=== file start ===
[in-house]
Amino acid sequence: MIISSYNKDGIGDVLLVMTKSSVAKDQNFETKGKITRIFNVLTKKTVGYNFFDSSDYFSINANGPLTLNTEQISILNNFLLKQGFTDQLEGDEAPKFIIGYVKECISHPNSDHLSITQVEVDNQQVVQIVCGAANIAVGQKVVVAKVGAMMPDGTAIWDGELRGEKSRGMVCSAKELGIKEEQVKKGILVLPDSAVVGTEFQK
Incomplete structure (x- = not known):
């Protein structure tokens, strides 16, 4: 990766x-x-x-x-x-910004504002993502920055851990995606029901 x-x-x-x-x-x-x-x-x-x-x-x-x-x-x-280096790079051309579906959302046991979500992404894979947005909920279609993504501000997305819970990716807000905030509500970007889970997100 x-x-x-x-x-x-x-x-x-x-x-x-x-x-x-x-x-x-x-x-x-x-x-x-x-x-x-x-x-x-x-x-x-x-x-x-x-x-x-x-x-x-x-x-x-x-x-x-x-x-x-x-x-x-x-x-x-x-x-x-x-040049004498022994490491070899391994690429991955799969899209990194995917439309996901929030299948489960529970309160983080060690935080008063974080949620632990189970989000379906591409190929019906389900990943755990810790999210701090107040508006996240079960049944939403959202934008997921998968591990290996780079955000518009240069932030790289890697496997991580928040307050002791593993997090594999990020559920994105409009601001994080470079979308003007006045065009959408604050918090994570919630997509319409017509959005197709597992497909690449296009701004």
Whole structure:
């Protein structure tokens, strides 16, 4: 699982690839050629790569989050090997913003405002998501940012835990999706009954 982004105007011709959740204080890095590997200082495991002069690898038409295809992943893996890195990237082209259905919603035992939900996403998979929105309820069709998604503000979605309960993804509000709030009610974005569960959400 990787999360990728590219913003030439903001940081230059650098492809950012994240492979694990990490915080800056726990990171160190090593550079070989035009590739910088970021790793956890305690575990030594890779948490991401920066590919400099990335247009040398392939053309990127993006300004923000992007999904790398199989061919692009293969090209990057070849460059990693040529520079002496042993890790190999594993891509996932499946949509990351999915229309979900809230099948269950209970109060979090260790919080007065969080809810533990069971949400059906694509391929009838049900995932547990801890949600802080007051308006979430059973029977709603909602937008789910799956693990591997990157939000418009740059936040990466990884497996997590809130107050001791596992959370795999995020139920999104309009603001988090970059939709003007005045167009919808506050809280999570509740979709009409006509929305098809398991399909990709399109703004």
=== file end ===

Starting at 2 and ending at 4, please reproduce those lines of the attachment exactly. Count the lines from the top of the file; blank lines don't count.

Amino acid sequence: MIISSYNKDGIGDVLLVMTKSSVAKDQNFETKGKITRIFNVLTKKTVGYNFFDSSDYFSINANGPLTLNTEQISILNNFLLKQGFTDQLEGDEAPKFIIGYVKECISHPNSDHLSITQVEVDNQQVVQIVCGAANIAVGQKVVVAKVGAMMPDGTAIWDGELRGEKSRGMVCSAKELGIKEEQVKKGILVLPDSAVVGTEFQK
Incomplete structure (x- = not known):
């Protein structure tokens, strides 16, 4: 990766x-x-x-x-x-910004504002993502920055851990995606029901 x-x-x-x-x-x-x-x-x-x-x-x-x-x-x-280096790079051309579906959302046991979500992404894979947005909920279609993504501000997305819970990716807000905030509500970007889970997100 x-x-x-x-x-x-x-x-x-x-x-x-x-x-x-x-x-x-x-x-x-x-x-x-x-x-x-x-x-x-x-x-x-x-x-x-x-x-x-x-x-x-x-x-x-x-x-x-x-x-x-x-x-x-x-x-x-x-x-x-x-040049004498022994490491070899391994690429991955799969899209990194995917439309996901929030299948489960529970309160983080060690935080008063974080949620632990189970989000379906591409190929019906389900990943755990810790999210701090107040508006996240079960049944939403959202934008997921998968591990290996780079955000518009240069932030790289890697496997991580928040307050002791593993997090594999990020559920994105409009601001994080470079979308003007006045065009959408604050918090994570919630997509319409017509959005197709597992497909690449296009701004």